New payment security standards create new opportunities for online financial companies
New security standards released a month ago promised to create a much more secure environment for card payments.
PCI DSS 4.0 is supposed to give businesses “more flexibility,” while allowing them to select and use their own solutions to meet PCI DSS’s security objective, according to a statement.
Indeed, given that malicious code downloads and intrusions have become perhaps the toughest challenges for financial firms in recent months, this standard should better help recover card data. But this major update to the PCI data security standard – the first since 2018 (version 3.2.1) – aims to “address emerging threats and technologies and enable innovative methods to combat new threats” to information of customer payment, according to PCI security standards. Advice.
“PCI DSS 4.0 is the next evolution of the PCI DSS standard,” said Sean Smith, manager of PCI consulting services at Optiv. “And, at a very high level, the total number of possible checks increases from 370 to over 500 checks. These controls are used for PCI DSS compliance assessments.
Additionally, the pandemic has fueled far more digital card payments as individuals and businesses choose to shop more online rather than having to travel to stores and risk exposure to COVID. According to the council, in addition to meeting security needs and being more “flexible”, the primary goals of PCI DSS 4.0 are to “promote security as an ongoing process” and “to improve methods and procedures of confirmation”.
“While PCI DSS 4.0 retains the existing prescriptive method for compliance, the new version introduces an alternative option for achieving compliance: custom implementation,” according to the board statement. “Custom implementation takes into account the intent of the objective and allows entities to design their own security controls to meet it.”
Marc Punzirudu, Director of Field Technology for PKWARE, said, “The changes to PCI DSS v4.0 have several reasons: to encourage the status quo, to create flexibility, to remove some gray areas and to move towards modern security. . They have all been identified as areas related to v3.2.1 weaknesses. »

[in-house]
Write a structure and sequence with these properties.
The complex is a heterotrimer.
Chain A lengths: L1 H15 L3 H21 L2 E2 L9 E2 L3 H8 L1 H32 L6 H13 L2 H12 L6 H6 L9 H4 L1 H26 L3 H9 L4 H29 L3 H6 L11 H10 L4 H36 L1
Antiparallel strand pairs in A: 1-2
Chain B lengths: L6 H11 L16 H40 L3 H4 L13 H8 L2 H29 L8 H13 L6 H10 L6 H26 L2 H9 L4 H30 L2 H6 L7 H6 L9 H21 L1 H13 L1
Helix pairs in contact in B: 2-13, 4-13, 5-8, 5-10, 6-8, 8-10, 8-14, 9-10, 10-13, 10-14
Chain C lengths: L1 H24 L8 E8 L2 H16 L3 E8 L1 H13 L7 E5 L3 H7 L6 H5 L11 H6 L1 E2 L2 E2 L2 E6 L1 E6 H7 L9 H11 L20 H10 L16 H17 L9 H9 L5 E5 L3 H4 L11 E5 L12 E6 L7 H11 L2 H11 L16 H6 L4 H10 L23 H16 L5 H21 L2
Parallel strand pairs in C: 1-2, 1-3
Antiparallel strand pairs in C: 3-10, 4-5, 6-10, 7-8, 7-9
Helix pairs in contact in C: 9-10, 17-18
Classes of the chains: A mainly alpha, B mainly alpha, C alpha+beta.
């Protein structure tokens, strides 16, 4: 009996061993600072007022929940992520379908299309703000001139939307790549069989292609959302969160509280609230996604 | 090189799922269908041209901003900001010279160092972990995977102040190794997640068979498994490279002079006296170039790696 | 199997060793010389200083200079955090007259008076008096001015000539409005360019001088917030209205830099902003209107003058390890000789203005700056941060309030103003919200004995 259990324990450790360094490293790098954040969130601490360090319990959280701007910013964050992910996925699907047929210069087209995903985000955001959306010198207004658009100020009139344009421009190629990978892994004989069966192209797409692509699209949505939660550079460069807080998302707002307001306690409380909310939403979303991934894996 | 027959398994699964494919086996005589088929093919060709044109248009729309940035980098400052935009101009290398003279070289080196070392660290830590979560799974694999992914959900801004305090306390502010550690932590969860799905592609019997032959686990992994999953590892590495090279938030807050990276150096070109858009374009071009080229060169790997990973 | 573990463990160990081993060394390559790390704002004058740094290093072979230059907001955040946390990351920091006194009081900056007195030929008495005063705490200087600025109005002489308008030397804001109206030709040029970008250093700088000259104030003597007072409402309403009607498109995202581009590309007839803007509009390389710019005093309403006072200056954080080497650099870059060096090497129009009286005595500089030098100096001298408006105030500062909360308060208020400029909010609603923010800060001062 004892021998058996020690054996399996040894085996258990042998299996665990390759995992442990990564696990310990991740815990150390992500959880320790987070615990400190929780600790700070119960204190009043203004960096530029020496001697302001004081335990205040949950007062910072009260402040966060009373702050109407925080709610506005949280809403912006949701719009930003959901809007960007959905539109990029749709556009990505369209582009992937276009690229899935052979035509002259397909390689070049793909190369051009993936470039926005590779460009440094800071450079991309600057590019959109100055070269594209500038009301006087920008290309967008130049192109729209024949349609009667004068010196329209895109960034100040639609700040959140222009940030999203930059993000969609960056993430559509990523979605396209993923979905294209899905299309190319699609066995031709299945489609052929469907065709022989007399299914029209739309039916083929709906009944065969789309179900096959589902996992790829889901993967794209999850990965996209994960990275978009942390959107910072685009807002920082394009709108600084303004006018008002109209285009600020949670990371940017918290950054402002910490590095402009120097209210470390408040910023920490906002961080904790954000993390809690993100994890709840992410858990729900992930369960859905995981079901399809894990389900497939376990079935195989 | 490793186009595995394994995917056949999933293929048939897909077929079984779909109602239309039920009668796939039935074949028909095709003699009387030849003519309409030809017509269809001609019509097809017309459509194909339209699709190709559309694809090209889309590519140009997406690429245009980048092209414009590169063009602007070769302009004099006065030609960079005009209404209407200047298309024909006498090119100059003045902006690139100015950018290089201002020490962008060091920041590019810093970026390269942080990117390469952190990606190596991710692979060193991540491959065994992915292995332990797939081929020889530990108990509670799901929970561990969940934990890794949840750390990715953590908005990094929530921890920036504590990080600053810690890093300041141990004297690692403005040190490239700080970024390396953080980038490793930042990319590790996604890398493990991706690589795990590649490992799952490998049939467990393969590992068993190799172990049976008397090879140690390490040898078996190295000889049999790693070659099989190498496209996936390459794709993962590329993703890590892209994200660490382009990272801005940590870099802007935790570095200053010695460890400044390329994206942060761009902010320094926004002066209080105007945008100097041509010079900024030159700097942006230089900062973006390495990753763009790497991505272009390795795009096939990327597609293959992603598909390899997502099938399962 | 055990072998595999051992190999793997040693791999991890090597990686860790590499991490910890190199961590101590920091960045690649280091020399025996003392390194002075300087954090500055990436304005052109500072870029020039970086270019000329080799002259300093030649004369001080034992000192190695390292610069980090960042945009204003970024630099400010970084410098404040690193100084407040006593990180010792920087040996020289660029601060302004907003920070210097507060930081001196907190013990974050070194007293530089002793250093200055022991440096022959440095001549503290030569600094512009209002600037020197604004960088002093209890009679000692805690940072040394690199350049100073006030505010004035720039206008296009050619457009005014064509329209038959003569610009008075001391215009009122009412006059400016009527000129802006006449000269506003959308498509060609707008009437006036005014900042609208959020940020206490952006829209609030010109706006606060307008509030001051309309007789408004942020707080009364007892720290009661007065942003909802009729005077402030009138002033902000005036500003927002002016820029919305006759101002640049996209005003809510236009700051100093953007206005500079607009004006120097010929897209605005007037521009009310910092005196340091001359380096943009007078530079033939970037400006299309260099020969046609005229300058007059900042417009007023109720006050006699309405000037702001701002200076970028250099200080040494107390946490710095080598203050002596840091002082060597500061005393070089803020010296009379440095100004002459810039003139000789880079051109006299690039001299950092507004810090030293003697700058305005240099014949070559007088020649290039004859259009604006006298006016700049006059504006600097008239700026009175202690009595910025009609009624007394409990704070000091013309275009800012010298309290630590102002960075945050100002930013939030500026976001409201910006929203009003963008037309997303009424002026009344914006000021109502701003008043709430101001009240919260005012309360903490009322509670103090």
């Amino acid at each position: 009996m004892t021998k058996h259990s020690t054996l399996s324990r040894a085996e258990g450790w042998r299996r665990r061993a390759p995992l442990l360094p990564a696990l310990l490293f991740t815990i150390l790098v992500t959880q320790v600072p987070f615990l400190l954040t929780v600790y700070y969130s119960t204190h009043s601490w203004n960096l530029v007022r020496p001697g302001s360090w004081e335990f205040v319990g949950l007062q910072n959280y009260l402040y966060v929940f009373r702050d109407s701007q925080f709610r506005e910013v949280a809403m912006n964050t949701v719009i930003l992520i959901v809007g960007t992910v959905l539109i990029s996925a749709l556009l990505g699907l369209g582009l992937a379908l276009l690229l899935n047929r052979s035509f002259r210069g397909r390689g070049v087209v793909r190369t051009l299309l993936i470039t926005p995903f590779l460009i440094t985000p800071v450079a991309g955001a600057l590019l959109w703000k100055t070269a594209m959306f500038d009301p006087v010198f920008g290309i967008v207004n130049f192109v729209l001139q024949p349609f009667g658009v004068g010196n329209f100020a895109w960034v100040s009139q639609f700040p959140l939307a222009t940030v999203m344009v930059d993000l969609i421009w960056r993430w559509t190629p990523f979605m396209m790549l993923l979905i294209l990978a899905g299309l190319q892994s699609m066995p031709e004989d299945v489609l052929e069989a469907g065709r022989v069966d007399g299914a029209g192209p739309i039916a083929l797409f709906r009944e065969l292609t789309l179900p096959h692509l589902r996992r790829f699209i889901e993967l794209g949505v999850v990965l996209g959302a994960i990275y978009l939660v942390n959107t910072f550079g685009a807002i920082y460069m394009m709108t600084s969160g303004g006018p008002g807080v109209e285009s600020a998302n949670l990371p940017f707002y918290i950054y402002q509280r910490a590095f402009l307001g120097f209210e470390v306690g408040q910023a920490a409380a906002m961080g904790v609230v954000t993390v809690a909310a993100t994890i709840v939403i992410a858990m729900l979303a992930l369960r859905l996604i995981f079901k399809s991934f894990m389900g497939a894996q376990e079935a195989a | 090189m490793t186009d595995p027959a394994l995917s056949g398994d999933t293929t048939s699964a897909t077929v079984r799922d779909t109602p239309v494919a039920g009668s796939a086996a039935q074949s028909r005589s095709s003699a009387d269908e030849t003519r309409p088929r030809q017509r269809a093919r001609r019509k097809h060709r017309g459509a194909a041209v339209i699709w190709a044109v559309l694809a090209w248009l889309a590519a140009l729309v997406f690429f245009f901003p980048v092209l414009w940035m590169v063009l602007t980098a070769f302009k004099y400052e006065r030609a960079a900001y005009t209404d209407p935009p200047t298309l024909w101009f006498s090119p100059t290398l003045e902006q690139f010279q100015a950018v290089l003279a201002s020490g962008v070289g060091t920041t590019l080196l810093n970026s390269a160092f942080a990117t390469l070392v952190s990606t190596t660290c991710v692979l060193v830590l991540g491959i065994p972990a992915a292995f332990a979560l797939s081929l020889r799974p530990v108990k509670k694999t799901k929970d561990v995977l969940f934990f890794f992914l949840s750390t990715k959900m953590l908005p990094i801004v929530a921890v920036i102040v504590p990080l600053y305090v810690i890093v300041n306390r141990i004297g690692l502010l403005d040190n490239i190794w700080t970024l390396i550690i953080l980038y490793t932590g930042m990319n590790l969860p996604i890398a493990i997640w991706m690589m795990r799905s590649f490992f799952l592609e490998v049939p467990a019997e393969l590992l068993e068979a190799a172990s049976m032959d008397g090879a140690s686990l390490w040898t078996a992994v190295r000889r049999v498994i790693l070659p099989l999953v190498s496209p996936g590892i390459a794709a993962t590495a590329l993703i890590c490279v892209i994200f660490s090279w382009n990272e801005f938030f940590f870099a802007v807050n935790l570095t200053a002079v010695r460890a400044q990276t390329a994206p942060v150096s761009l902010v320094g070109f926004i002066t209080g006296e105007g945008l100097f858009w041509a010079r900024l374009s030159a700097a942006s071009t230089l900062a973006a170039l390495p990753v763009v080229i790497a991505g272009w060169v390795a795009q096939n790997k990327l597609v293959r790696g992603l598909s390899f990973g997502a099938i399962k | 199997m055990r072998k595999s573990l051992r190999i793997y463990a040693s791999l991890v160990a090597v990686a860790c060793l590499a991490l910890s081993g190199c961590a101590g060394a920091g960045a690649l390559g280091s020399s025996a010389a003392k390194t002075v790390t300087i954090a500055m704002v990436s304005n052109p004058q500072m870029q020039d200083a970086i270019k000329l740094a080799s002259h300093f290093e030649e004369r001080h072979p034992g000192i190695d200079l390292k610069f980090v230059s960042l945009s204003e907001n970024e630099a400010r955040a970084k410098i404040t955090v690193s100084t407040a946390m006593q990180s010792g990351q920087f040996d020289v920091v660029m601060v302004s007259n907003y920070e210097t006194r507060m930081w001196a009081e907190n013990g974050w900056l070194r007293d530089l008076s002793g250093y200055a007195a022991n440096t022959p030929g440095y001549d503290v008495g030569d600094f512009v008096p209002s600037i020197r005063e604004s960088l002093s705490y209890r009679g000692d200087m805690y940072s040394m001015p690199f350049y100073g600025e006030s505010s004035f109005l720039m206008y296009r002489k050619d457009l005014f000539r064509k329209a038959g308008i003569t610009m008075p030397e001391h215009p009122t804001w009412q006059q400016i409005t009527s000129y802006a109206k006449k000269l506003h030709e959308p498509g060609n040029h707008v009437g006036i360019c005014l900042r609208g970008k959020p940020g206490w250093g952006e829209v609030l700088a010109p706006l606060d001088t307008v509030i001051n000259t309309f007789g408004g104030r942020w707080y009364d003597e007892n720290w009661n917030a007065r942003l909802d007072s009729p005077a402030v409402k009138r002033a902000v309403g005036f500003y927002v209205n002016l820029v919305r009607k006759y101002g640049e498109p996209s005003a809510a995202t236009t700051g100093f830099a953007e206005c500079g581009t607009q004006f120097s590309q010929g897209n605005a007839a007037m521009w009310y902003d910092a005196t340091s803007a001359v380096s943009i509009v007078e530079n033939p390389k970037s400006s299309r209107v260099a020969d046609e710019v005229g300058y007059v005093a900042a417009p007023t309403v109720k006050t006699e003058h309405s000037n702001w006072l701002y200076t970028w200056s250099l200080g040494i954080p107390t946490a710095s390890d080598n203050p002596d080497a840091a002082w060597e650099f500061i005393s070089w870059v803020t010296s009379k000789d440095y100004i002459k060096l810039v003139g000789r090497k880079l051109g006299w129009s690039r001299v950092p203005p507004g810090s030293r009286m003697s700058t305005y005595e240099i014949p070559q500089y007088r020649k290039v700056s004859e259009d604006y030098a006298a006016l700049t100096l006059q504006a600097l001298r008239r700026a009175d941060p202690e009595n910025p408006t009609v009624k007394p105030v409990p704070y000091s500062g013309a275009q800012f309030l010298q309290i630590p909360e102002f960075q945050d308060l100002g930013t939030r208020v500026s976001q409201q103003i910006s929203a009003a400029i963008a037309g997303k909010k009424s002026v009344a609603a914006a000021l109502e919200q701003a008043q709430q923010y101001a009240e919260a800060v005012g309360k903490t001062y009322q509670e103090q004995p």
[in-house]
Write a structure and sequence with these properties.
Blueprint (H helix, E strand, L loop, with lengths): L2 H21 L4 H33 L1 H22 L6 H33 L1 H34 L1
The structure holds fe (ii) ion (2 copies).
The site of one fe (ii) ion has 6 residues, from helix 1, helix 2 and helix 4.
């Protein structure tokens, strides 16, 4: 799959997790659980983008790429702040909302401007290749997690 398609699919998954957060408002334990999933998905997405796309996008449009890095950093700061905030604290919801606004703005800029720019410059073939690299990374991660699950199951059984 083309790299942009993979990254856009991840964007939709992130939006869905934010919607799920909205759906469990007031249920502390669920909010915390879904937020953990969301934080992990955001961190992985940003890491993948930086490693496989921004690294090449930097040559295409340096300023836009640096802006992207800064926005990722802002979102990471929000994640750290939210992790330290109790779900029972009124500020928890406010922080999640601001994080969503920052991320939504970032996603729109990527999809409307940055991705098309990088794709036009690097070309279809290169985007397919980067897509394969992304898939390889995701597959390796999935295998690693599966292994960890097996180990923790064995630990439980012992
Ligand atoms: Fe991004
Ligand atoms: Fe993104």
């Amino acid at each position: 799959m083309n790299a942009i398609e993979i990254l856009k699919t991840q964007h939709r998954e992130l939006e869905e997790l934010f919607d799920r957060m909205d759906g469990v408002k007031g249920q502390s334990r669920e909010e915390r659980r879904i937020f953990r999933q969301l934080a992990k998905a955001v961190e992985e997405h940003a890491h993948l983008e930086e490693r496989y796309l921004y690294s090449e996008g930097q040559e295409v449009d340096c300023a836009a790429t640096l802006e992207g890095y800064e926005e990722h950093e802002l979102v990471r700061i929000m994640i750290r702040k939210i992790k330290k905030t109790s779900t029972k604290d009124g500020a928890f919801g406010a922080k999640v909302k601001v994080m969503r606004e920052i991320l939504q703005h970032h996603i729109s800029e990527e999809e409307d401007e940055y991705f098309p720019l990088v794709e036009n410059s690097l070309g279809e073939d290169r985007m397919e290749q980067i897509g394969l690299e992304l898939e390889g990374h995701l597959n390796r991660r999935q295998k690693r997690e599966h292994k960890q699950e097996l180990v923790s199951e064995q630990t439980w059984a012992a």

Punzirudu pointed out that the three types of changes to the standard can be categorized under: structure and format, clarification and direction, and changing requirements.
The third is the most important, and the one where organizations are likely to focus their efforts the most due to changes in controls and requirements, according to Punzirudu.
“The defined approach is the traditional method of implementing and assessing PCI scope,” said Punzirudu, “while the new custom approach provides organizations with mature security programs the flexibility to map their information security directly on the PCI DSS”.
The new PCI DSS standard aligns with the recently released NIST guidelines on digital identities for authentications and IT management. Therefore, the new PCI standard provides for access to cardholder data, account passwords for applications and systems that must be changed once a year, the use of strong passwords containing at least 15 characters including numeric and alphabetic characters, access privileges reviewed every six months and restrictions on third-party accounts.
With the introduction of this new standard, the PCI Council expects: documented accountability requirements; targeted PCI risk requirements (with automated phishing detection required); stronger e-commerce firewalls and better protection on payment pages; automated reviews and alerts for Security Information and Event Management (SIEM); invulnerability analysis, data governance and incident response; longer and more complex passwords (12 characters instead of 7, etc.) and forced rotation of passwords every three months, as well as the forced use of multi-factor authentication.
For the time being, the previous version 3.2.1 of PCI DSS will remain the standard, until it is retired at the end of the first quarter of 2024; and even them, PCI DSS 4.0 includes several practices or maintaining controls that will remain in place until the first quarter of 2025, according to Smith.
“The sooner gaps are identified in compliance with PCI DSS 4.0 requirements, the sooner projects can be planned, budgets requested, and work can begin to address compliance gaps,” Smith said.